• 14.
    Das, Supriyo K.
    et al.
    Department of Geology and Geochemistry, Stockholm University, Stockholm, Sweden.
    Routh, Joyanto
    Department of Geology and Geochemistry, Stockholm University, Stockholm, Sweden.
    Roychoudhury, Alakendra N.
    Department of Geological Sciences, University of Cape Town, Rondebosch, South Africa.
    Klump, J. Val
    Department of Biological Sciences and Department of Geosciences, Great Lakes WATER Institute, University of Wisconsin-Milwaukee, Milwaukee, USA.
    Elemental (C, N, H and P) and stable isotope (del15 N and del13C) signatures in sediments from Zeekoevlei, South Africa: a record of human intervention in the lake2007Inngår i: Journal of Paleolimnology, ISSN 0921-2728, E-ISSN 1573-0417, Vol. 39, nr 3, s. 349-360Artikkel i tidsskrift (Fagfellevurdert)
    Abstract [en]

    We used elemental carbon, nitrogen, phosphorus and hydrogen ratios (C/N, N/P and H/C) with total organic carbon (TOC) and total phosphorus (TP) as well as stable carbon and nitrogen isotopes (δ13C and δ15N) to investigate the source and depositional conditions of organic matter in sediments from Zeekoevlei, the largest freshwater lake in South Africa. Typical C/N (10–12), H/C ratios (≥1.7) and δ13Corganic values (−22 to −19‰) together with the increase in TOC concentration indicate elevated primary productivity in lower middle (18–22 cm) and top (0–8 cm) sections of the sediment cores. Seepage of nutrients from a nearby waste water treatment plant, rapid urbanization and heavily fertilized farming in the catchments are responsible for the increased productivity. Consistent with this, measured δ15Norganic values (∼11‰) indicate increased raw sewage input towards the top-section of the core. Although cyanobacterial blooms are evident from the low δ15N values (∼3‰) in mid-section of the core, they did not outnumber the phytoplankton population. Low N/P ratio (∼0) and high TP (100–2,200 mg l−1) support cyanobacterial growth under N limited condition, and insignificant input of macrophytes towards the organic matter pool. Dredging in 1983, caused sub-aerial exposure of the suspended and surface sediments, and affected organic matter preservation in the upper mid-section (12–14 cm) of the core.

  • 15.
    Das, Supriyo Kumar
    et al.
    Department of Geology and Geochemistry, Stockholm University, Stockholm, Sweden.
    Routh, Joyanto
    Department of Geology and Geochemistry, Stockholm University, Stockholm, Sweden.
    Roychoudhury, Alakendra N.
    Department of Geological Sciences, University of Cape Town, Rondebosch, South Africa.
    Biomarker evidence of macrophyte and plankton community changes in Zeekoevlei, a shallow lake in South Africa2009Inngår i: Journal of Paleolimnology, ISSN 0921-2728, E-ISSN 1573-0417, Vol. 41, nr 3, s. 507-521Artikkel i tidsskrift (Fagfellevurdert)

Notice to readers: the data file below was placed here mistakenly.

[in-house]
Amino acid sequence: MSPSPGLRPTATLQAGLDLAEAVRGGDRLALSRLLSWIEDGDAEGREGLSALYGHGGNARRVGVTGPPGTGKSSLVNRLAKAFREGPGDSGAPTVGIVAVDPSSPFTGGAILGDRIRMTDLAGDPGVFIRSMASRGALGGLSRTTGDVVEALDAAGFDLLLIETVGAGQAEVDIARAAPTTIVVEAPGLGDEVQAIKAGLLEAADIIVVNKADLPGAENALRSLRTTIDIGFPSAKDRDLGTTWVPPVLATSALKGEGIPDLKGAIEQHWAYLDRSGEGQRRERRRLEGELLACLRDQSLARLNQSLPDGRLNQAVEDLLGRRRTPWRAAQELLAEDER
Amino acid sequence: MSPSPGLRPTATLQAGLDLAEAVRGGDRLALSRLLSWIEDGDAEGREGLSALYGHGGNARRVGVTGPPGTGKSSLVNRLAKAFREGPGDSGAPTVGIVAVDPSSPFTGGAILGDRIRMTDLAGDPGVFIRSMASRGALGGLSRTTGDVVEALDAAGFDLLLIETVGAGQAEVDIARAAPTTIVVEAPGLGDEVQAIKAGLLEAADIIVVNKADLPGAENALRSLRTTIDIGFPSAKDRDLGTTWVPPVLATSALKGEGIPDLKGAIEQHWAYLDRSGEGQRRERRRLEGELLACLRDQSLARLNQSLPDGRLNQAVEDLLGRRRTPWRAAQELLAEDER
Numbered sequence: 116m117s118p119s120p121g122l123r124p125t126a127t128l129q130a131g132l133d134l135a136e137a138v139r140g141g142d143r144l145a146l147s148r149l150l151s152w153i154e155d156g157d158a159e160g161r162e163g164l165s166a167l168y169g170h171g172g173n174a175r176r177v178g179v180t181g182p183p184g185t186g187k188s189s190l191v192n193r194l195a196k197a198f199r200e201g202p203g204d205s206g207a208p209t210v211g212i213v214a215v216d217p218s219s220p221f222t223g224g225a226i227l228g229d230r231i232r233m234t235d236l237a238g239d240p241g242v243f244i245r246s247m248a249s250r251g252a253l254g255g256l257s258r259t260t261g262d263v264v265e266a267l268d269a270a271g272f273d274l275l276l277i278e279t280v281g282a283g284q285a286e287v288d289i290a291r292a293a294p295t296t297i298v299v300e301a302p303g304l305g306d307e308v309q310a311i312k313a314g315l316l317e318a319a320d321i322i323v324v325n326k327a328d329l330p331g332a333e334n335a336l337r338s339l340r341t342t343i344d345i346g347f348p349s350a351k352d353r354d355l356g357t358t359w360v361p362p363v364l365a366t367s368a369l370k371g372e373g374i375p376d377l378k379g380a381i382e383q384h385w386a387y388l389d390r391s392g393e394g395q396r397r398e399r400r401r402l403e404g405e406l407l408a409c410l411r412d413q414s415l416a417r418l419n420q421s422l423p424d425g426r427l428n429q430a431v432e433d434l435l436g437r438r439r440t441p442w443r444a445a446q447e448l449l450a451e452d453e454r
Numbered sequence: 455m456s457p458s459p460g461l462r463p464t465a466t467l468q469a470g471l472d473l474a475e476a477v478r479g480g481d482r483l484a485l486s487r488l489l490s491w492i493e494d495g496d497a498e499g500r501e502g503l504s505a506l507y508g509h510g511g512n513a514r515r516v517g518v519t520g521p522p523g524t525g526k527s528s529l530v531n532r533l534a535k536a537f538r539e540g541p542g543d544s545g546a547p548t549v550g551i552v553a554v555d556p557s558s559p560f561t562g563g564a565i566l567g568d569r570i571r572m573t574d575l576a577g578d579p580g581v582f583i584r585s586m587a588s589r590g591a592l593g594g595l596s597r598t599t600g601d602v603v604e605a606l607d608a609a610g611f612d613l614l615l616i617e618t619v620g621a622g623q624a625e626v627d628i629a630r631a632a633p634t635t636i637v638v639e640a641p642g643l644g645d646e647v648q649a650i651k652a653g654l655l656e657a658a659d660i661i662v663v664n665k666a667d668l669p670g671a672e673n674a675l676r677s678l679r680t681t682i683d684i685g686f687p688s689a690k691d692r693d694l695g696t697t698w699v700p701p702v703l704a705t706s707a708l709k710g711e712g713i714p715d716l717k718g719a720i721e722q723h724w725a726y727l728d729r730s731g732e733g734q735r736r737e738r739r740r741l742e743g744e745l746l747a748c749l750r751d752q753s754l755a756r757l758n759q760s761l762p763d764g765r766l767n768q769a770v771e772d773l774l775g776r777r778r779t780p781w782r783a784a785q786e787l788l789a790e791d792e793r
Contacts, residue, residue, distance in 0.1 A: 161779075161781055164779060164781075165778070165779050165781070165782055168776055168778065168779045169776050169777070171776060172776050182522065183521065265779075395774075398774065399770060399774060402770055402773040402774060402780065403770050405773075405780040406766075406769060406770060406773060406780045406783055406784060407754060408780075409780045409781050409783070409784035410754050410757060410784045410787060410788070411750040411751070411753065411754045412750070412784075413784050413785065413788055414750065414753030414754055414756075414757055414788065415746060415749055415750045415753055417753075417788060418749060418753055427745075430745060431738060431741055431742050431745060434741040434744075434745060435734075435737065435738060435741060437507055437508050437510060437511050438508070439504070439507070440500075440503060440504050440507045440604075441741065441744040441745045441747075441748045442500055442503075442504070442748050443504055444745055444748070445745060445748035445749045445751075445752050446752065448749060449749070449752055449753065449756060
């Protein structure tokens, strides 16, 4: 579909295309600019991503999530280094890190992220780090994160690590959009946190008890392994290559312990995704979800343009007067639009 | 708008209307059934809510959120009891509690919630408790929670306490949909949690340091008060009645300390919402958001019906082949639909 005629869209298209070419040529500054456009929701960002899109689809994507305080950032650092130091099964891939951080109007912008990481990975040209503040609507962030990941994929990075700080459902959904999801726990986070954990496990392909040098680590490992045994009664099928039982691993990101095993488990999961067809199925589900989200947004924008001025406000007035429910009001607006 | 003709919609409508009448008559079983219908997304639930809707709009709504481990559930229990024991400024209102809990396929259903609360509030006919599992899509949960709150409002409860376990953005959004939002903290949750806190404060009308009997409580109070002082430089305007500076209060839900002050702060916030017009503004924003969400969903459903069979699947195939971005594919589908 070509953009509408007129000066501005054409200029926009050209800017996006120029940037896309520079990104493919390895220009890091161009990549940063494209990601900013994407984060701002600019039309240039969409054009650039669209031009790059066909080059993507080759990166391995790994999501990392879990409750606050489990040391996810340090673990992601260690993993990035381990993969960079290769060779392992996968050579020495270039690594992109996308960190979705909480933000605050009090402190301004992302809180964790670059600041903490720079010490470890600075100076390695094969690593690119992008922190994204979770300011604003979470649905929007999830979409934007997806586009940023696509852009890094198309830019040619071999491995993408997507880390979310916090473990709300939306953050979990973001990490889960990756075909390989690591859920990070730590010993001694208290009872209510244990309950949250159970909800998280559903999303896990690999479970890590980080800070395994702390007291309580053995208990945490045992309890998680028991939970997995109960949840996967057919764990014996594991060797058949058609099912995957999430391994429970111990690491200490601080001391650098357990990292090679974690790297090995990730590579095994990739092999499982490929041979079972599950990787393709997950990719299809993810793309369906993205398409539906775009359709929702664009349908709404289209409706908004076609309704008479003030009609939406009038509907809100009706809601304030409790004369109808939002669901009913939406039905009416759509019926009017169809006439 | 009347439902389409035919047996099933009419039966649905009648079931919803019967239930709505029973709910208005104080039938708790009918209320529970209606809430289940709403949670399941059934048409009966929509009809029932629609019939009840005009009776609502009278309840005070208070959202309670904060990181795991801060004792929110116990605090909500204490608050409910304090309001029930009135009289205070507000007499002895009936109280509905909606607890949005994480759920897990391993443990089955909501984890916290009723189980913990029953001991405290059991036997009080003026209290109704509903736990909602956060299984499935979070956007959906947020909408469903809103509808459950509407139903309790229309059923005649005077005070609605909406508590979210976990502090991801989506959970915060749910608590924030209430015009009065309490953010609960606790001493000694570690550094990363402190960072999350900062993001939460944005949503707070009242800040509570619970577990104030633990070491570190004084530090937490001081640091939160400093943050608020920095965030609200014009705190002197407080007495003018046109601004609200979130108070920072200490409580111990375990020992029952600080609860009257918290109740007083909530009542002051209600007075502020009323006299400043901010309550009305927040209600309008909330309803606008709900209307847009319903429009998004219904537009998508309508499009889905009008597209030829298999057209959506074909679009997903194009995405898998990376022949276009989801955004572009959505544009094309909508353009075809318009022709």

Abstract [en]

    Zeekoevlei is the largest freshwater lake in South Africa and has a century-long history of anthropogenic impact that caused hyper-eutrophic conditions. We used biomarkers (alkanes and pigments), stable isotopes (delta C-13 and delta N-15), rates of primary palaeoproduction and total inorganic carbon (TIC) accumulation rates in the lake sediments to investigate changes in plankton and macrophyte communities in response to anthropogenic activities in this shallow lake. Specific alkanes (I C-15 pound,C-17,C-19, pristane, phytane and n-C-29/n-C-17 ratio) and pigment (chlorophyll a, beta,beta-carotene, echinenone, fucoxanthin and zeaxanthin) concentrations in lake waters indicated the present-day hyper-eutrophic condition and seasonal fluctuations of cyanobacteria, zooplankton and diatom populations. Eutrophic conditions were initiated in the lake with the start of recreational activities and construction of a sewage treatment plant in the early 1920s. The lake transformed from a eutrophic to a hyper-eutrophic waterbody following damming, pondweed eradication and accelerated catchment-derived nutrient input. The change in lake trophic state was recorded by a sharp decline in the terrestrial to aquatic ratio (TAR) of specific n-alkanes, low carbon preference index (CPI) and increased delta C-13 values in the sediment core. In addition, the aquatic macrophyte n-alkane proxy (P-aq) values (similar to 1) indicated a slow takeover by floating macrophytes after the eradication of submerged pondweeds in 1951. Elevated n-alkane (I C-15 pound,C-17,C-19), total alkane and pigment (chlorophyll a, beta,beta-carotene, zeaxanthin and zeaxanthin to beta,beta-carotene ratio) concentrations, low delta N-15 values and low TIC accumulation rates in the upper middle section of the core indicated the beginning of intense cyanobacterial blooms after the dredging in 1983. Although the cyanobacterial population has decreased in recent years, hyper-eutrophic conditions are reflected by low CPI < 0.04 and TAR < 1 values at the top of the sediment core.

  • 16.
    Das, Supriyo Kumar
    et al.
    Department of Geology and Geochemistry, Stockholm University, Stockholm 10691, Sweden.
    Routh, Joyanto
    Department of Geology and Geochemistry, Stockholm University, Stockholm 10691, Sweden.
    Roychoudhury, Alakendra N.
    Department of Geological Sciences, University of Cape Town, Rondebosch 7700, South Africa.